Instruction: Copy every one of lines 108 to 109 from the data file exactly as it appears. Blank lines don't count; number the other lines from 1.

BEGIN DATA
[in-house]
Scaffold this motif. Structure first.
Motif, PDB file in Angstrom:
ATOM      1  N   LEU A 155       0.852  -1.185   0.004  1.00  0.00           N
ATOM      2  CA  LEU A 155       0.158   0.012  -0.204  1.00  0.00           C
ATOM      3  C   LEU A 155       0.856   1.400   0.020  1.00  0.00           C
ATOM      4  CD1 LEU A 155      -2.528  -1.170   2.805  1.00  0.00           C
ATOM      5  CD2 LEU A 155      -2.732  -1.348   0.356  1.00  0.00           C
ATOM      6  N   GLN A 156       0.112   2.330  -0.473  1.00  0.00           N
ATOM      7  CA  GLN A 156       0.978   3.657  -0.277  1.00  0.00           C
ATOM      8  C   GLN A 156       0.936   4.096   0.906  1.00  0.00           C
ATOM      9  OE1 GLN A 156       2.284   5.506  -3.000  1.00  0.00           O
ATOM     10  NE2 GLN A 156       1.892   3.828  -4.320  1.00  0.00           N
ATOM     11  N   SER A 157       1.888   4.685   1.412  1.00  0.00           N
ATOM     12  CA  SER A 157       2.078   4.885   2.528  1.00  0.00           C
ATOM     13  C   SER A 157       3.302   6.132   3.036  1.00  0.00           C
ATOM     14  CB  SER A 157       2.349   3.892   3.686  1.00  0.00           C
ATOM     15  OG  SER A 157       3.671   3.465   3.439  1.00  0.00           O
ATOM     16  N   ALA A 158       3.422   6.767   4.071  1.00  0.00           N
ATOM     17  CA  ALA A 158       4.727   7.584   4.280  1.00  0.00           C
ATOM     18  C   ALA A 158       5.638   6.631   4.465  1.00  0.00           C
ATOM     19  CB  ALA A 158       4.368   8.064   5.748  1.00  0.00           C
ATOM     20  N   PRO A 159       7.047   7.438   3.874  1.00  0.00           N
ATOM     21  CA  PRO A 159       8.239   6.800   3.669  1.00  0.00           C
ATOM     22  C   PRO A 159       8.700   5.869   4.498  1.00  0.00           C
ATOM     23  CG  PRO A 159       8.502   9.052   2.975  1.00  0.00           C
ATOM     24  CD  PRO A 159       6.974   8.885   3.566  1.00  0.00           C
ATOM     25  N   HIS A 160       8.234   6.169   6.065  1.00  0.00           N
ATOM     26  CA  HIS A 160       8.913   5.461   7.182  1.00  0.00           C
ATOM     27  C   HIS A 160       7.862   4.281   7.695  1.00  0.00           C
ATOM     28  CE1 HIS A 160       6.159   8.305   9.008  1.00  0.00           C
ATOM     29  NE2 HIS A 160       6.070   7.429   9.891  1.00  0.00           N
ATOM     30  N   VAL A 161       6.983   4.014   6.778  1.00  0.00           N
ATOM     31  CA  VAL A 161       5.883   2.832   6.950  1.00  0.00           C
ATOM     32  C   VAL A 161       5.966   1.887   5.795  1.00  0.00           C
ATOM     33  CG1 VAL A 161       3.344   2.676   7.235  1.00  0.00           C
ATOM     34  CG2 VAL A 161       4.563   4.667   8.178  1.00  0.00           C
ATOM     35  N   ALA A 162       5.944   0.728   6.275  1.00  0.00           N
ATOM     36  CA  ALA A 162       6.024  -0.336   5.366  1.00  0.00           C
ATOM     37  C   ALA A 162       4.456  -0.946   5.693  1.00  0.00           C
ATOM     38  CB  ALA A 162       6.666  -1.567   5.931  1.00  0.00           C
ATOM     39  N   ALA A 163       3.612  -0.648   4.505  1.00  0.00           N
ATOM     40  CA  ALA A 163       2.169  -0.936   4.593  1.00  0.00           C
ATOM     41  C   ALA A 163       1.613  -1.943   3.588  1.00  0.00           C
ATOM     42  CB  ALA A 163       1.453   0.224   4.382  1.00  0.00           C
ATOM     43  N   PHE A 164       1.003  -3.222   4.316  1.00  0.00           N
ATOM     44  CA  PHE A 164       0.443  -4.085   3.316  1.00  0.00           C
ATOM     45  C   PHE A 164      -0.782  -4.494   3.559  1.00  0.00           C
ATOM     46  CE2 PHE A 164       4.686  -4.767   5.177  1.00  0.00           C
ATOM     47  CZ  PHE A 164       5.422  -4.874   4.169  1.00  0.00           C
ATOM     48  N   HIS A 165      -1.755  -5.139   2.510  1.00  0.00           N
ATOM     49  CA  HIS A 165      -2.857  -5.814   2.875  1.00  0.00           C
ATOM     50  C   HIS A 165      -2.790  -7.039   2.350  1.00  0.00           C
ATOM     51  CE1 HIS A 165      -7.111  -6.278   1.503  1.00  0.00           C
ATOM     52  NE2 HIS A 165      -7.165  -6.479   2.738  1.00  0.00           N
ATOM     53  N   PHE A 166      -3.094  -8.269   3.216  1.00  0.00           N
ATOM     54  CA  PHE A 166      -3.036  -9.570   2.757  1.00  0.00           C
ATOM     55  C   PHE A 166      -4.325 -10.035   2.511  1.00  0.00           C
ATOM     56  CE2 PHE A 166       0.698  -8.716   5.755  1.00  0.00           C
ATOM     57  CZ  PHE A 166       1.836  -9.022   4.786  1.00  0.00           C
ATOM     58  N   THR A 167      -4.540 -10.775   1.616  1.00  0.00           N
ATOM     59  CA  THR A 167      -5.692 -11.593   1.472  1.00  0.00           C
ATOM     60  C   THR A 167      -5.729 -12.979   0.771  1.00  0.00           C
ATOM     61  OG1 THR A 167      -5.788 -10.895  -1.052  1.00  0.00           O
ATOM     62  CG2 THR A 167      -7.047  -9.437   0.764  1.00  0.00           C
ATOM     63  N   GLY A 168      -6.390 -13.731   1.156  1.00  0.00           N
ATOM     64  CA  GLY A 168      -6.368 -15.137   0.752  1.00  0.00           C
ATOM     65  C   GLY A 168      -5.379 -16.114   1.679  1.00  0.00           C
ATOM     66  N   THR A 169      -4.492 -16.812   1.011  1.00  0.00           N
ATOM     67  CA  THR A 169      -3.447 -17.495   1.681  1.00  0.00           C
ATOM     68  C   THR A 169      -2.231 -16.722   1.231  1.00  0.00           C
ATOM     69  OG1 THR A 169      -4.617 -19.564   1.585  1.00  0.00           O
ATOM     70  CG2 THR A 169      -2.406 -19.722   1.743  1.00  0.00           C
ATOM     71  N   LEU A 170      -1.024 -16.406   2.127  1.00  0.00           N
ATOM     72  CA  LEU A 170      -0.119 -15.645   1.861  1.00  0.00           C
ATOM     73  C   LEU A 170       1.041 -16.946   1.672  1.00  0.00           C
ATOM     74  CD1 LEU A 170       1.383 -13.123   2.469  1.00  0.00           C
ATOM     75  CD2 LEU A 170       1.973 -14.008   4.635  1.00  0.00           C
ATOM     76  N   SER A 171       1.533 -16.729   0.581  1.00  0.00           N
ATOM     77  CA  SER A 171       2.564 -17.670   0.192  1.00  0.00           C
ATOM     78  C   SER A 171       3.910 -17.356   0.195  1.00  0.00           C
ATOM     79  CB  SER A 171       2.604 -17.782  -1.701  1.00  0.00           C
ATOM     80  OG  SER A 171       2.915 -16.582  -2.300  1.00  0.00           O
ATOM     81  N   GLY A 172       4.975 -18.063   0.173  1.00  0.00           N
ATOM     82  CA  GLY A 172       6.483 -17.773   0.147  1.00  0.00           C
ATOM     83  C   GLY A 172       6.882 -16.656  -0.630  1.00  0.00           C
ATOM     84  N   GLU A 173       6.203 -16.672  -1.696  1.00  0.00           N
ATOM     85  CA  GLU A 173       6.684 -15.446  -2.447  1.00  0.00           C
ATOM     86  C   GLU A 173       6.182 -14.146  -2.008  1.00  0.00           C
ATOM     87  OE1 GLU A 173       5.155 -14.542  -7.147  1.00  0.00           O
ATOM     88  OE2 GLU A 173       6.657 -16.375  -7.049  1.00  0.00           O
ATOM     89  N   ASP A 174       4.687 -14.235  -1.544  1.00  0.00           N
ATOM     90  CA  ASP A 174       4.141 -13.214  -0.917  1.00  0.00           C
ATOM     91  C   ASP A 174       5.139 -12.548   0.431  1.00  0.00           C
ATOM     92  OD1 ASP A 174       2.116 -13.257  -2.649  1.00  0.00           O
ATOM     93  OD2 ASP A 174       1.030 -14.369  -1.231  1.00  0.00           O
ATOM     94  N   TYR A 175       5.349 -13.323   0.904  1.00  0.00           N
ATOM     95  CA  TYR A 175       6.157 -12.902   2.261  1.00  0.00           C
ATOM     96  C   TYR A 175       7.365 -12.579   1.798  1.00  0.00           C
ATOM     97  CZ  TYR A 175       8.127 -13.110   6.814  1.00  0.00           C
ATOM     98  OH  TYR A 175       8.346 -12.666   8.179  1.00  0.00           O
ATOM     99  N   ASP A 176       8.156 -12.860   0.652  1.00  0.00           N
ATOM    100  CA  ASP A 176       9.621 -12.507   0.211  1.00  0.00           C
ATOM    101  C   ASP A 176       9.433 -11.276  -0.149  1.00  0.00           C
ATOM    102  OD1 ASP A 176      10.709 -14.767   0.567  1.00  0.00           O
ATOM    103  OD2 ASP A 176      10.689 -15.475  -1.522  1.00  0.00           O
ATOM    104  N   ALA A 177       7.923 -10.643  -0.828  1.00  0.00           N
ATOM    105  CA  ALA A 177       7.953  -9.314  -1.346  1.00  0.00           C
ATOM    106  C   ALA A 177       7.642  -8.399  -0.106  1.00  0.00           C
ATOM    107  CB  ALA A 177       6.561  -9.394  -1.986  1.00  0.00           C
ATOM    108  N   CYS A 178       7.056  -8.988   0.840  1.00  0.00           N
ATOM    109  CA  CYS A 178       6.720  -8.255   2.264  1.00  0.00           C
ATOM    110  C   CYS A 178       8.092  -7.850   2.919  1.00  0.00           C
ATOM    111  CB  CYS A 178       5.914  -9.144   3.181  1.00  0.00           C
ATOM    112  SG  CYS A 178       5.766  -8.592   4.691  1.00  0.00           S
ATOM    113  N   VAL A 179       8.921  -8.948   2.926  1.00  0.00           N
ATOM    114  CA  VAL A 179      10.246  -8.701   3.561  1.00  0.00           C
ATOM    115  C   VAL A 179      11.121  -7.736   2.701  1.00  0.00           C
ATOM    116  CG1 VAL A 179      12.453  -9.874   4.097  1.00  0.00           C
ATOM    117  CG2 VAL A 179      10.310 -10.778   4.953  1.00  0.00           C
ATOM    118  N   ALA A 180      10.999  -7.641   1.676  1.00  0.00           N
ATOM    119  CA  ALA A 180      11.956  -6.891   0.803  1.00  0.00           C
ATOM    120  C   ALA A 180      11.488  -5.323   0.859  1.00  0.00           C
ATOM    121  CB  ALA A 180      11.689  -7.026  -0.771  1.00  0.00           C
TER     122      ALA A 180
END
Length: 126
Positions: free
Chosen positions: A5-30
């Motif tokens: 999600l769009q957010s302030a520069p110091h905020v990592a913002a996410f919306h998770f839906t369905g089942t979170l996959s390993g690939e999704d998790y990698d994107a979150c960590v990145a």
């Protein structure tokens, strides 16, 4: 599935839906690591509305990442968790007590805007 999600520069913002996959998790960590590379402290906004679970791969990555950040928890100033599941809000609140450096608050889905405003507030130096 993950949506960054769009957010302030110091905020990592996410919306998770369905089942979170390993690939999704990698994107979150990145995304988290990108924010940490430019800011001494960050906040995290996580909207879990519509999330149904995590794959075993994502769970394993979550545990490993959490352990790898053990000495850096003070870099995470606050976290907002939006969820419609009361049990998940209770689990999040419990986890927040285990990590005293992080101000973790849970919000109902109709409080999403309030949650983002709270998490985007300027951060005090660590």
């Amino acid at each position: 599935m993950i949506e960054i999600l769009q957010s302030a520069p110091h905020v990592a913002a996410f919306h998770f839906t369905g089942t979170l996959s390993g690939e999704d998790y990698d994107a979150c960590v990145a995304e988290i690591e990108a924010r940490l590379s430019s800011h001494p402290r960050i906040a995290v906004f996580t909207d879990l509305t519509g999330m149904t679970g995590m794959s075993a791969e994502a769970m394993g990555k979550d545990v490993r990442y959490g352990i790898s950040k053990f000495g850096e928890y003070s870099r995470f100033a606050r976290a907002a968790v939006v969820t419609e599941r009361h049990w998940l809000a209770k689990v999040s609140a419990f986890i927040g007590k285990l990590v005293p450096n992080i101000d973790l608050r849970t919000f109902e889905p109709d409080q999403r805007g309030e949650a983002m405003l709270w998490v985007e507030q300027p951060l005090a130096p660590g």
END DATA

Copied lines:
ATOM    105  CA  ALA A 177       7.953  -9.314  -1.346  1.00  0.00           C
ATOM    106  C   ALA A 177       7.642  -8.399  -0.106  1.00  0.00           C